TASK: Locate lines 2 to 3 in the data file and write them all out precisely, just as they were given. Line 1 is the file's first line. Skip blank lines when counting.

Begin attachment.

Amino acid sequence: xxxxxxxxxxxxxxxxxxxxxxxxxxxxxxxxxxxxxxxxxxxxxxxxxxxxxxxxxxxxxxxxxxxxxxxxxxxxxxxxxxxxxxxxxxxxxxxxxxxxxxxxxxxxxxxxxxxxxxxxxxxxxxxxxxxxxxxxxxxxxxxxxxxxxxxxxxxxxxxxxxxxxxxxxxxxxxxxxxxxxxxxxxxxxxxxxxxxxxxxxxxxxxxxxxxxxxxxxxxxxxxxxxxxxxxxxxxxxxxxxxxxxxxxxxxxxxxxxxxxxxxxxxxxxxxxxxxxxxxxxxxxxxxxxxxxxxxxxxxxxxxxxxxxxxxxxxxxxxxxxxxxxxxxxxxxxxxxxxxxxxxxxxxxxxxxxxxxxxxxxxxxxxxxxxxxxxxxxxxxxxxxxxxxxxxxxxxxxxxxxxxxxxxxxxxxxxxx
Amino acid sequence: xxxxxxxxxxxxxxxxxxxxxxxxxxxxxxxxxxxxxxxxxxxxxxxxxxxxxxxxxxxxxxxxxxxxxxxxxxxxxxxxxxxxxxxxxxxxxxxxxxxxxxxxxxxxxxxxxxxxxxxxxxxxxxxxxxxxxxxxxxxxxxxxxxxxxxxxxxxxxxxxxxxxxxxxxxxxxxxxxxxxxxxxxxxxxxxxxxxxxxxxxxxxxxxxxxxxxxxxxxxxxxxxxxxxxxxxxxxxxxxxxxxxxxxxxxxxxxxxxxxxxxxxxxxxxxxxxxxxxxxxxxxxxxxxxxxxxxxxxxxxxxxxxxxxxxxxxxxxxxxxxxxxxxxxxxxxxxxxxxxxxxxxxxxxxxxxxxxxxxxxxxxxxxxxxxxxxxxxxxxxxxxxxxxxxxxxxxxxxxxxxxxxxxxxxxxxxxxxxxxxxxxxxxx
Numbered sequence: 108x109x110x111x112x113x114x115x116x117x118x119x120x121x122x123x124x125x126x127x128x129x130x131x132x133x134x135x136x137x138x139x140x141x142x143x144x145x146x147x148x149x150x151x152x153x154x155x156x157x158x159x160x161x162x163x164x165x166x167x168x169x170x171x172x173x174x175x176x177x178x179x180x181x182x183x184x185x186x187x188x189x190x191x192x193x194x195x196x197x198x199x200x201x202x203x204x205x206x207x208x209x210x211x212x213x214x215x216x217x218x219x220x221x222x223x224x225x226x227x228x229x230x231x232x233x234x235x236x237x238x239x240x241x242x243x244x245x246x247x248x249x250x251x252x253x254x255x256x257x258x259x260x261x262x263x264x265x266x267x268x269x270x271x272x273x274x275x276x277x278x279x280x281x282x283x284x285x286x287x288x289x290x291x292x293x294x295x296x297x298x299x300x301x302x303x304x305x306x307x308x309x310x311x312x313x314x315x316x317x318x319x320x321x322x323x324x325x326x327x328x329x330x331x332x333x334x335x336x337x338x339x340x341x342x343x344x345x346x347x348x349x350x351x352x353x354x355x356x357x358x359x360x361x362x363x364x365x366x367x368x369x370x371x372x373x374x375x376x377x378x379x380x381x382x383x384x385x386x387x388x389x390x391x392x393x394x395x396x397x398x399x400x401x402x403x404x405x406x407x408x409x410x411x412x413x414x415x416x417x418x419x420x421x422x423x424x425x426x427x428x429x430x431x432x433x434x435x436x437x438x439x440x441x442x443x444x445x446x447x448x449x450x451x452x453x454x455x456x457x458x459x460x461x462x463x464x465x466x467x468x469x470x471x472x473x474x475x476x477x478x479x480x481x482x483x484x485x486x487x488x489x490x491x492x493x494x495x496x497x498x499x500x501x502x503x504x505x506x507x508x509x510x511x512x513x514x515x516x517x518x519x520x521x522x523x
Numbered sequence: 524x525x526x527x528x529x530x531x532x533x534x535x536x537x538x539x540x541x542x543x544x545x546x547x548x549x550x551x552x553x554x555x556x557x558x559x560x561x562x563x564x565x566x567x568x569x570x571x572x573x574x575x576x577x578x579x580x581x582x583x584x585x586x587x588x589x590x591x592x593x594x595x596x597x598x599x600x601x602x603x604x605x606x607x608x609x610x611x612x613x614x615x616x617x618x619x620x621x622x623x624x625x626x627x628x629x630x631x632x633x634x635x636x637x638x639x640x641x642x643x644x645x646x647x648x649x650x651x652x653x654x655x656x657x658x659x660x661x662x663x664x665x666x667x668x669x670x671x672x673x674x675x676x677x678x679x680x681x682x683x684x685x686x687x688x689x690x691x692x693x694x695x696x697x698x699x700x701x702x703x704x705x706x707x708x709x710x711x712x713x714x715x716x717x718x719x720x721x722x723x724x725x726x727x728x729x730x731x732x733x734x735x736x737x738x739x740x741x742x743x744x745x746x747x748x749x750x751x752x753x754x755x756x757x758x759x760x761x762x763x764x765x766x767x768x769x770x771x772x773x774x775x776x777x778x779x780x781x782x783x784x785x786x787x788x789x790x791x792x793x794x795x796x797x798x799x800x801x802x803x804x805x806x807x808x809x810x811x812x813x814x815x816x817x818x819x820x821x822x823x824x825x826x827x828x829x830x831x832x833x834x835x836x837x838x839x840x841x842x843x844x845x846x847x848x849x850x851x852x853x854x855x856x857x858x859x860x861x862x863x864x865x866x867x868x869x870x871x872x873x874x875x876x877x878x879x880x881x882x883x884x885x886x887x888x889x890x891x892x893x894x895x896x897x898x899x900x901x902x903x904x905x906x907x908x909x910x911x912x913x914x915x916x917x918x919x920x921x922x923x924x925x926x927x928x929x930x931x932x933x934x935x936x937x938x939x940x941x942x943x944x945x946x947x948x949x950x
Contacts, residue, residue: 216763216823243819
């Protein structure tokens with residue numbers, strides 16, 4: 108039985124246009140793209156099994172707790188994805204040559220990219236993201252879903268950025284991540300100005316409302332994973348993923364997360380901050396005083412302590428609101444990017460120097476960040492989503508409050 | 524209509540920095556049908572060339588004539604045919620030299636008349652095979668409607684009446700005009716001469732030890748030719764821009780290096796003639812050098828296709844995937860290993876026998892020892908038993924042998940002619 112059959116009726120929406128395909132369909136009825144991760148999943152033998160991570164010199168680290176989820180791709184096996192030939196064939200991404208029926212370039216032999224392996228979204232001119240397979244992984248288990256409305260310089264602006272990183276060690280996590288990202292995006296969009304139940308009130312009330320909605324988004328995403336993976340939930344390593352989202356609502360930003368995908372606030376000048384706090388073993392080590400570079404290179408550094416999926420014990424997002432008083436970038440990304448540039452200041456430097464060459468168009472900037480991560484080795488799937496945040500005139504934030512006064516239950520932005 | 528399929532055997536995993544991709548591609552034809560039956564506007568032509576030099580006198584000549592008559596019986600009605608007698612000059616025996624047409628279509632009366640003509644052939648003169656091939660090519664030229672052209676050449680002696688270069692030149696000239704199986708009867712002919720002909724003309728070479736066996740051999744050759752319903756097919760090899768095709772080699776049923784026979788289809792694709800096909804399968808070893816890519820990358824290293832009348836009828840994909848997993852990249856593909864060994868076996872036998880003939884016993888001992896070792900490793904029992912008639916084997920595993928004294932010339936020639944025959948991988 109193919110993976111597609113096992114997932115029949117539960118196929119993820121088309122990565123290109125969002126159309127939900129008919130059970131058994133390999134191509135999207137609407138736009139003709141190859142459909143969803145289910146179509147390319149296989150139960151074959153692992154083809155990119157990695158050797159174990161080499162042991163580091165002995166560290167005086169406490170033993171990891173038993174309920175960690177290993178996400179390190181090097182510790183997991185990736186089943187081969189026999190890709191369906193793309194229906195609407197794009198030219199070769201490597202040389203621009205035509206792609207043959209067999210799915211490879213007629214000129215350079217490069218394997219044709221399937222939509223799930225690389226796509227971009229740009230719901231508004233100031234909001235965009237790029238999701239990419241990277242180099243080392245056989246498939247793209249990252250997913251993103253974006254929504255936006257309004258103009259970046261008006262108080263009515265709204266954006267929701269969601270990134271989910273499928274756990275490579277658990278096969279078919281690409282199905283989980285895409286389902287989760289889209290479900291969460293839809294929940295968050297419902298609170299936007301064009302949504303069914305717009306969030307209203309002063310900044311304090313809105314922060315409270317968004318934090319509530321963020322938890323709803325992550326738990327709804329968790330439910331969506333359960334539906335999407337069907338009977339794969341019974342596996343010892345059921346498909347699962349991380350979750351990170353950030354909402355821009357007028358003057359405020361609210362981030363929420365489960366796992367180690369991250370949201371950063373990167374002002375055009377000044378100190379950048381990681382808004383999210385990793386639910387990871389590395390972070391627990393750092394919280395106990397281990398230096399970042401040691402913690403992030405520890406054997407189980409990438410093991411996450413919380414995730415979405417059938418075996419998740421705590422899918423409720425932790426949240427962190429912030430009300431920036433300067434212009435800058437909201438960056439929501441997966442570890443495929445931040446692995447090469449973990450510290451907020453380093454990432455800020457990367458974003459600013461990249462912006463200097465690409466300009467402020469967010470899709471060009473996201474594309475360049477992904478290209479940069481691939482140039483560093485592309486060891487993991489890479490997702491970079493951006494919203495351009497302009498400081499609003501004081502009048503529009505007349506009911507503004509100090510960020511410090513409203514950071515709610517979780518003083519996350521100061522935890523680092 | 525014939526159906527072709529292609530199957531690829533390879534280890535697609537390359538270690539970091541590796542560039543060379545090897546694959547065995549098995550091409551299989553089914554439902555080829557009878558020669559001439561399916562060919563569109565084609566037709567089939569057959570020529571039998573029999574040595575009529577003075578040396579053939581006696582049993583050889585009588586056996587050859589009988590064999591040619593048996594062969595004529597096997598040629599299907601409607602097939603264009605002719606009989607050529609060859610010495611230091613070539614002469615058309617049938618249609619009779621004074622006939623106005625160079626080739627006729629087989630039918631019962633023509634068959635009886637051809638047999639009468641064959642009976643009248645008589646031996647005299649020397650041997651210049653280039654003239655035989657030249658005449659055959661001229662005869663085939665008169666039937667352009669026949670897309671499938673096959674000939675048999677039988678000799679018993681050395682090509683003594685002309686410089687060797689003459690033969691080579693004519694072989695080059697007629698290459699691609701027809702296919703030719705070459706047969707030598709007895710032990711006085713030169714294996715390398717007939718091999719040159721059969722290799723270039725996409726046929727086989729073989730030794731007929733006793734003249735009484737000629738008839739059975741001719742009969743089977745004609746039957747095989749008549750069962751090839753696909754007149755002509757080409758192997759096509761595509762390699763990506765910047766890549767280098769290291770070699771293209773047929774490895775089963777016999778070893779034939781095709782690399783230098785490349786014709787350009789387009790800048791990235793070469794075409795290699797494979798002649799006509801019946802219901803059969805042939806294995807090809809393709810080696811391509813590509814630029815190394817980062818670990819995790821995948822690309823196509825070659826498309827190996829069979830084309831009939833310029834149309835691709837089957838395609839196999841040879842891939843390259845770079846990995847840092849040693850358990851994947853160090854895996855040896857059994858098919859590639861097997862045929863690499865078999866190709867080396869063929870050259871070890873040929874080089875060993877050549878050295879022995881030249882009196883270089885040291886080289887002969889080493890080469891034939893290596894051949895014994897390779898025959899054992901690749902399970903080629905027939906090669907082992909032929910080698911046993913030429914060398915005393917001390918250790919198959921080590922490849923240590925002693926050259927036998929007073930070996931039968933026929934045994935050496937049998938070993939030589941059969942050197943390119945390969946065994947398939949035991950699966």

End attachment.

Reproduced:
Amino acid sequence: xxxxxxxxxxxxxxxxxxxxxxxxxxxxxxxxxxxxxxxxxxxxxxxxxxxxxxxxxxxxxxxxxxxxxxxxxxxxxxxxxxxxxxxxxxxxxxxxxxxxxxxxxxxxxxxxxxxxxxxxxxxxxxxxxxxxxxxxxxxxxxxxxxxxxxxxxxxxxxxxxxxxxxxxxxxxxxxxxxxxxxxxxxxxxxxxxxxxxxxxxxxxxxxxxxxxxxxxxxxxxxxxxxxxxxxxxxxxxxxxxxxxxxxxxxxxxxxxxxxxxxxxxxxxxxxxxxxxxxxxxxxxxxxxxxxxxxxxxxxxxxxxxxxxxxxxxxxxxxxxxxxxxxxxxxxxxxxxxxxxxxxxxxxxxxxxxxxxxxxxxxxxxxxxxxxxxxxxxxxxxxxxxxxxxxxxxxxxxxxxxxxxxxxxxxxxxxxxxxxxxxxxxxx
Numbered sequence: 108x109x110x111x112x113x114x115x116x117x118x119x120x121x122x123x124x125x126x127x128x129x130x131x132x133x134x135x136x137x138x139x140x141x142x143x144x145x146x147x148x149x150x151x152x153x154x155x156x157x158x159x160x161x162x163x164x165x166x167x168x169x170x171x172x173x174x175x176x177x178x179x180x181x182x183x184x185x186x187x188x189x190x191x192x193x194x195x196x197x198x199x200x201x202x203x204x205x206x207x208x209x210x211x212x213x214x215x216x217x218x219x220x221x222x223x224x225x226x227x228x229x230x231x232x233x234x235x236x237x238x239x240x241x242x243x244x245x246x247x248x249x250x251x252x253x254x255x256x257x258x259x260x261x262x263x264x265x266x267x268x269x270x271x272x273x274x275x276x277x278x279x280x281x282x283x284x285x286x287x288x289x290x291x292x293x294x295x296x297x298x299x300x301x302x303x304x305x306x307x308x309x310x311x312x313x314x315x316x317x318x319x320x321x322x323x324x325x326x327x328x329x330x331x332x333x334x335x336x337x338x339x340x341x342x343x344x345x346x347x348x349x350x351x352x353x354x355x356x357x358x359x360x361x362x363x364x365x366x367x368x369x370x371x372x373x374x375x376x377x378x379x380x381x382x383x384x385x386x387x388x389x390x391x392x393x394x395x396x397x398x399x400x401x402x403x404x405x406x407x408x409x410x411x412x413x414x415x416x417x418x419x420x421x422x423x424x425x426x427x428x429x430x431x432x433x434x435x436x437x438x439x440x441x442x443x444x445x446x447x448x449x450x451x452x453x454x455x456x457x458x459x460x461x462x463x464x465x466x467x468x469x470x471x472x473x474x475x476x477x478x479x480x481x482x483x484x485x486x487x488x489x490x491x492x493x494x495x496x497x498x499x500x501x502x503x504x505x506x507x508x509x510x511x512x513x514x515x516x517x518x519x520x521x522x523x